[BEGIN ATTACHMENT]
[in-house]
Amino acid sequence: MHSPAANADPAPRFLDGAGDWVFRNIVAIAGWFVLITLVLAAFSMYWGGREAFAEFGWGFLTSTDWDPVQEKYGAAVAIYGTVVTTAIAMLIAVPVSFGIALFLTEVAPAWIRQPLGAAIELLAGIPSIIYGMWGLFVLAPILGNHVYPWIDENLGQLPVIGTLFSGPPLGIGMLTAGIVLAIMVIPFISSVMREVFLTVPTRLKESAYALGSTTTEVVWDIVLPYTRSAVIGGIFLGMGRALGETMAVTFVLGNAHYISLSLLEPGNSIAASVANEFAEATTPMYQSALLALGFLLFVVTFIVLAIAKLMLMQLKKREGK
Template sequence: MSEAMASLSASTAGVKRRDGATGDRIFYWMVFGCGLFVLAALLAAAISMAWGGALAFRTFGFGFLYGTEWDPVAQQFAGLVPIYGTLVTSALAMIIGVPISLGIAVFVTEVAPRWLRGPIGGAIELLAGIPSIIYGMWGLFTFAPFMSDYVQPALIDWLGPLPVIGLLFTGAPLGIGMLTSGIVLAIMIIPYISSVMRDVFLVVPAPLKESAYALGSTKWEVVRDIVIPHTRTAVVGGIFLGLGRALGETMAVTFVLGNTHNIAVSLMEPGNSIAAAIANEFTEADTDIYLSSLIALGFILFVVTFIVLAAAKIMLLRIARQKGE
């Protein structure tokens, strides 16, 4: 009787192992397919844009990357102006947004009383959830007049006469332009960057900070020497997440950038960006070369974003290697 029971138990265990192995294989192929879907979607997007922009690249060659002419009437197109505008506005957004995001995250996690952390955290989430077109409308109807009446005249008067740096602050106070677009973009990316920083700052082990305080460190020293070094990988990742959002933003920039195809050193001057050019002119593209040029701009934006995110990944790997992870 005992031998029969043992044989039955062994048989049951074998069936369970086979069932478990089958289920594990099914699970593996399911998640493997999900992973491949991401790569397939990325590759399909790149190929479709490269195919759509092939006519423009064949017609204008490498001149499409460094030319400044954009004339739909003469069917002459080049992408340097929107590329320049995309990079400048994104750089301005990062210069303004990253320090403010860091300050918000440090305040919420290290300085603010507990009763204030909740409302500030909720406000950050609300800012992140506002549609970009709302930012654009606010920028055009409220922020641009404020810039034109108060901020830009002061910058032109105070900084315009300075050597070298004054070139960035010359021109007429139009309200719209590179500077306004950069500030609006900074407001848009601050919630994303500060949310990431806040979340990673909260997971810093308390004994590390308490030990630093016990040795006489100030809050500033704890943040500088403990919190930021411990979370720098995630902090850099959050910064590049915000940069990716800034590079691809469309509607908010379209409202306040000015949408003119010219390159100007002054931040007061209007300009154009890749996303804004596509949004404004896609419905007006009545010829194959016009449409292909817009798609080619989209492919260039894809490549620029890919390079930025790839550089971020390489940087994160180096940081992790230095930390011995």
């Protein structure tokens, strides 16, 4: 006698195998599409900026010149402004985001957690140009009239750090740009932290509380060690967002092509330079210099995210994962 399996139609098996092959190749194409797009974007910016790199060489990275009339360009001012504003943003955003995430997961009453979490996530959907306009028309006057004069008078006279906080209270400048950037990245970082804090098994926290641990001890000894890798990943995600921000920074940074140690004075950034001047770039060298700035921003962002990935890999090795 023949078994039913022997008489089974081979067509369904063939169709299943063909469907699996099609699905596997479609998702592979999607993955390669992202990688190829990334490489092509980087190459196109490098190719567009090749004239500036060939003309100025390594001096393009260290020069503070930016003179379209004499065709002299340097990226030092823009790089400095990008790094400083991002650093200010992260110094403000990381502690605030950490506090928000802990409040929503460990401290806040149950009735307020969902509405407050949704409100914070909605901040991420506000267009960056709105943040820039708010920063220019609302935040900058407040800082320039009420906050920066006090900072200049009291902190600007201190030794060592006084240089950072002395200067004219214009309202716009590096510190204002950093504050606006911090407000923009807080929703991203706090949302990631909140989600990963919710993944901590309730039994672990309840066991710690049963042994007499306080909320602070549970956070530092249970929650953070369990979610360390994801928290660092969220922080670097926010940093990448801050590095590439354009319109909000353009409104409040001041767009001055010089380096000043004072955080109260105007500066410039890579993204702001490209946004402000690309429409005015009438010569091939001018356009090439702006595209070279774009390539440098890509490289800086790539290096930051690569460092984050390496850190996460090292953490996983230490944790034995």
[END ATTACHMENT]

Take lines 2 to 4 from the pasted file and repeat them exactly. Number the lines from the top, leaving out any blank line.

Amino acid sequence: MHSPAANADPAPRFLDGAGDWVFRNIVAIAGWFVLITLVLAAFSMYWGGREAFAEFGWGFLTSTDWDPVQEKYGAAVAIYGTVVTTAIAMLIAVPVSFGIALFLTEVAPAWIRQPLGAAIELLAGIPSIIYGMWGLFVLAPILGNHVYPWIDENLGQLPVIGTLFSGPPLGIGMLTAGIVLAIMVIPFISSVMREVFLTVPTRLKESAYALGSTTTEVVWDIVLPYTRSAVIGGIFLGMGRALGETMAVTFVLGNAHYISLSLLEPGNSIAASVANEFAEATTPMYQSALLALGFLLFVVTFIVLAIAKLMLMQLKKREGK
Template sequence: MSEAMASLSASTAGVKRRDGATGDRIFYWMVFGCGLFVLAALLAAAISMAWGGALAFRTFGFGFLYGTEWDPVAQQFAGLVPIYGTLVTSALAMIIGVPISLGIAVFVTEVAPRWLRGPIGGAIELLAGIPSIIYGMWGLFTFAPFMSDYVQPALIDWLGPLPVIGLLFTGAPLGIGMLTSGIVLAIMIIPYISSVMRDVFLVVPAPLKESAYALGSTKWEVVRDIVIPHTRTAVVGGIFLGLGRALGETMAVTFVLGNTHNIAVSLMEPGNSIAAAIANEFTEADTDIYLSSLIALGFILFVVTFIVLAAAKIMLLRIARQKGE
């Protein structure tokens, strides 16, 4: 009787192992397919844009990357102006947004009383959830007049006469332009960057900070020497997440950038960006070369974003290697 029971138990265990192995294989192929879907979607997007922009690249060659002419009437197109505008506005957004995001995250996690952390955290989430077109409308109807009446005249008067740096602050106070677009973009990316920083700052082990305080460190020293070094990988990742959002933003920039195809050193001057050019002119593209040029701009934006995110990944790997992870 005992031998029969043992044989039955062994048989049951074998069936369970086979069932478990089958289920594990099914699970593996399911998640493997999900992973491949991401790569397939990325590759399909790149190929479709490269195919759509092939006519423009064949017609204008490498001149499409460094030319400044954009004339739909003469069917002459080049992408340097929107590329320049995309990079400048994104750089301005990062210069303004990253320090403010860091300050918000440090305040919420290290300085603010507990009763204030909740409302500030909720406000950050609300800012992140506002549609970009709302930012654009606010920028055009409220922020641009404020810039034109108060901020830009002061910058032109105070900084315009300075050597070298004054070139960035010359021109007429139009309200719209590179500077306004950069500030609006900074407001848009601050919630994303500060949310990431806040979340990673909260997971810093308390004994590390308490030990630093016990040795006489100030809050500033704890943040500088403990919190930021411990979370720098995630902090850099959050910064590049915000940069990716800034590079691809469309509607908010379209409202306040000015949408003119010219390159100007002054931040007061209007300009154009890749996303804004596509949004404004896609419905007006009545010829194959016009449409292909817009798609080619989209492919260039894809490549620029890919390079930025790839550089971020390489940087994160180096940081992790230095930390011995």